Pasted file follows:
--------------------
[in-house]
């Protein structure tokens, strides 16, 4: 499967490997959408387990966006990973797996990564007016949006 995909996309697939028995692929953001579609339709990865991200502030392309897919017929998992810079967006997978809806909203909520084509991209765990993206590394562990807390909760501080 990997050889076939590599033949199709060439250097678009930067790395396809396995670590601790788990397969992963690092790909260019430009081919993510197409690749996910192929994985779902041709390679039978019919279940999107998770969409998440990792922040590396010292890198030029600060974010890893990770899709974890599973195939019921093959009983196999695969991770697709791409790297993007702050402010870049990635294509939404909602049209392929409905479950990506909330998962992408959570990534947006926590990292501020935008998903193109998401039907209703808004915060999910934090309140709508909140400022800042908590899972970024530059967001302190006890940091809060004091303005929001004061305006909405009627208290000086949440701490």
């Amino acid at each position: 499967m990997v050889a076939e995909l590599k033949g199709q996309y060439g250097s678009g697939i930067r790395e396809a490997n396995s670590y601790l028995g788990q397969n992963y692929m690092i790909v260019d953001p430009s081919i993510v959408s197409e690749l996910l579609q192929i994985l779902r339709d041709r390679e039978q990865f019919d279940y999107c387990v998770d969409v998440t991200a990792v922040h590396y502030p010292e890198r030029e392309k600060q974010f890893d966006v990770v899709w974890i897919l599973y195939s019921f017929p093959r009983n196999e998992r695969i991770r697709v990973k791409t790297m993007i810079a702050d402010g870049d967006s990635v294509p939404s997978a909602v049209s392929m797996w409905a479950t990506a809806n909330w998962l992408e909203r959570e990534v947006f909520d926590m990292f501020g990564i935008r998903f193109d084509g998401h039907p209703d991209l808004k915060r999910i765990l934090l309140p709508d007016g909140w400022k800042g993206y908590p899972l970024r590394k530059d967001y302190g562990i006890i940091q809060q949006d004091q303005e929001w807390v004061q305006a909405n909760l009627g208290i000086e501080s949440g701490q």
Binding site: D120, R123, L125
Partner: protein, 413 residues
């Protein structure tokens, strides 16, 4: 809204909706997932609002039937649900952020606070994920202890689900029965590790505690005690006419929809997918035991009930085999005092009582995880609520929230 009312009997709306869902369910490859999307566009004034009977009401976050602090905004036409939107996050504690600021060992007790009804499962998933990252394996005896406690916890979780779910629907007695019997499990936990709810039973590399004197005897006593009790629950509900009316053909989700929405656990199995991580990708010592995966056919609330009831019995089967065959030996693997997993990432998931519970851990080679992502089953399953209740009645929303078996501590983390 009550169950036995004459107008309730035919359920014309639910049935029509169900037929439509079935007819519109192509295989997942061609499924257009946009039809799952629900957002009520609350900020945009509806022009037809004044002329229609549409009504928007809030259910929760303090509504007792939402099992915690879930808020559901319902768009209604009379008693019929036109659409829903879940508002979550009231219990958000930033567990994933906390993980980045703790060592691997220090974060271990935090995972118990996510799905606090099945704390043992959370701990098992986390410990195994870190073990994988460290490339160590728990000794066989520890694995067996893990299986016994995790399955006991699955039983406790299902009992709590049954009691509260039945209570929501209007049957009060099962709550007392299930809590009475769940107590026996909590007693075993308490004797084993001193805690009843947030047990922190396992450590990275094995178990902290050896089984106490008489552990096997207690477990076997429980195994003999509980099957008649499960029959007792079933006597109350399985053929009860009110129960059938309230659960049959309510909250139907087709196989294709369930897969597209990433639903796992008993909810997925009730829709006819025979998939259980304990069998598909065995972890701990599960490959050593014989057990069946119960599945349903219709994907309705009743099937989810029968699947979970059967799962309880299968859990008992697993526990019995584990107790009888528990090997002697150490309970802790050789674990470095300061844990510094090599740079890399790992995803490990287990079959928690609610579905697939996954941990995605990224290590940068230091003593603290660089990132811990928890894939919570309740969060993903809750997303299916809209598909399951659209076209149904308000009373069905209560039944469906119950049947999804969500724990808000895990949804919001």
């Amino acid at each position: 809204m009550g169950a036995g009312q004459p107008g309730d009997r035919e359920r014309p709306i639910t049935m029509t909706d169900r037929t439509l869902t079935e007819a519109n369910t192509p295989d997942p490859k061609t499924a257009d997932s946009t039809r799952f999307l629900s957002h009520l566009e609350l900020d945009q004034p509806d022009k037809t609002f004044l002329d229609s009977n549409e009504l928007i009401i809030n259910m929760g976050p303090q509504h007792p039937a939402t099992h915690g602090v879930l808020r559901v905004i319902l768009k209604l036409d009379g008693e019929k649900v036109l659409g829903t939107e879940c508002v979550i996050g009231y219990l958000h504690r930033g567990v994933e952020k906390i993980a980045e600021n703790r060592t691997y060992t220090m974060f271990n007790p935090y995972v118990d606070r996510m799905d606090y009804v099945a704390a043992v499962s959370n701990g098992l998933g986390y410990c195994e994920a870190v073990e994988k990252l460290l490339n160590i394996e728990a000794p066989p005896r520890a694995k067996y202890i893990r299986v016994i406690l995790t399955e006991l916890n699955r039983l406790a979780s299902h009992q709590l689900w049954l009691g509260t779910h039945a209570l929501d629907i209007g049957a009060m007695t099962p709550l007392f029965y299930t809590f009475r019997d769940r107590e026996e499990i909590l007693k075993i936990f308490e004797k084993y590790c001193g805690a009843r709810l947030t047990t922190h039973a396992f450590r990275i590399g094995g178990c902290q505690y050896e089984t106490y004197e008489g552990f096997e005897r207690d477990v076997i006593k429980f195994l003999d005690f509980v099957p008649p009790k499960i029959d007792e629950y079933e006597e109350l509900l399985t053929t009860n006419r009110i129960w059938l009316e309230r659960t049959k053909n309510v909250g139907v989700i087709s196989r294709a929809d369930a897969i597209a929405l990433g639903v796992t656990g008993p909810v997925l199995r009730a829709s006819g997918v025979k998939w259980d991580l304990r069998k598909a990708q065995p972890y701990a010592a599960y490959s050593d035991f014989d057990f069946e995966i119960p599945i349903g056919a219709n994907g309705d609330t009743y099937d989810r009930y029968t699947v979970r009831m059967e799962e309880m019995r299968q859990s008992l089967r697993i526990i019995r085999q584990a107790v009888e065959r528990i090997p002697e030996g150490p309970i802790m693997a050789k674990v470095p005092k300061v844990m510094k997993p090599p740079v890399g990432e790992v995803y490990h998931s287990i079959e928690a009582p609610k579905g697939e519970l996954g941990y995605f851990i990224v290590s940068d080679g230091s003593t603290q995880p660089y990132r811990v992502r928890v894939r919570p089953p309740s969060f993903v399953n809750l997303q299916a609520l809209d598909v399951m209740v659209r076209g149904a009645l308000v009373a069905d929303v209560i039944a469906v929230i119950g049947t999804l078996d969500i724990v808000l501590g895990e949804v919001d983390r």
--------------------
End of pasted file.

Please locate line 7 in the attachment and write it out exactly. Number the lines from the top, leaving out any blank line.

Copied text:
């Amino acid at each position: 809204m009550g169950a036995g009312q004459p107008g309730d009997r035919e359920r014309p709306i639910t049935m029509t909706d169900r037929t439509l869902t079935e007819a519109n369910t192509p295989d997942p490859k061609t499924a257009d997932s946009t039809r799952f999307l629900s957002h009520l566009e609350l900020d945009q004034p509806d022009k037809t609002f004044l002329d229609s009977n549409e009504l928007i009401i809030n259910m929760g976050p303090q509504h007792p039937a939402t099992h915690g602090v879930l808020r559901v905004i319902l768009k209604l036409d009379g008693e019929k649900v036109l659409g829903t939107e879940c508002v979550i996050g009231y219990l958000h504690r930033g567990v994933e952020k906390i993980a980045e600021n703790r060592t691997y060992t220090m974060f271990n007790p935090y995972v118990d606070r996510m799905d606090y009804v099945a704390a043992v499962s959370n701990g098992l998933g986390y410990c195994e994920a870190v073990e994988k990252l460290l490339n160590i394996e728990a000794p066989p005896r520890a694995k067996y202890i893990r299986v016994i406690l995790t399955e006991l916890n699955r039983l406790a979780s299902h009992q709590l689900w049954l009691g509260t779910h039945a209570l929501d629907i209007g049957a009060m007695t099962p709550l007392f029965y299930t809590f009475r019997d769940r107590e026996e499990i909590l007693k075993i936990f308490e004797k084993y590790c001193g805690a009843r709810l947030t047990t922190h039973a396992f450590r990275i590399g094995g178990c902290q505690y050896e089984t106490y004197e008489g552990f096997e005897r207690d477990v076997i006593k429980f195994l003999d005690f509980v099957p008649p009790k499960i029959d007792e629950y079933e006597e109350l509900l399985t053929t009860n006419r009110i129960w059938l009316e309230r659960t049959k053909n309510v909250g139907v989700i087709s196989r294709a929809d369930a897969i597209a929405l990433g639903v796992t656990g008993p909810v997925l199995r009730a829709s006819g997918v025979k998939w259980d991580l304990r069998k598909a990708q065995p972890y701990a010592a599960y490959s050593d035991f014989d057990f069946e995966i119960p599945i349903g056919a219709n994907g309705d609330t009743y099937d989810r009930y029968t699947v979970r009831m059967e799962e309880m019995r299968q859990s008992l089967r697993i526990i019995r085999q584990a107790v009888e065959r528990i090997p002697e030996g150490p309970i802790m693997a050789k674990v470095p005092k300061v844990m510094k997993p090599p740079v890399g990432e790992v995803y490990h998931s287990i079959e928690a009582p609610k579905g697939e519970l996954g941990y995605f851990i990224v290590s940068d080679g230091s003593t603290q995880p660089y990132r811990v992502r928890v894939r919570p089953p309740s969060f993903v399953n809750l997303q299916a609520l809209d598909v399951m209740v659209r076209g149904a009645l308000v009373a069905d929303v209560i039944a469906v929230i119950g049947t999804l078996d969500i724990v808000l501590g895990e949804v919001d983390r």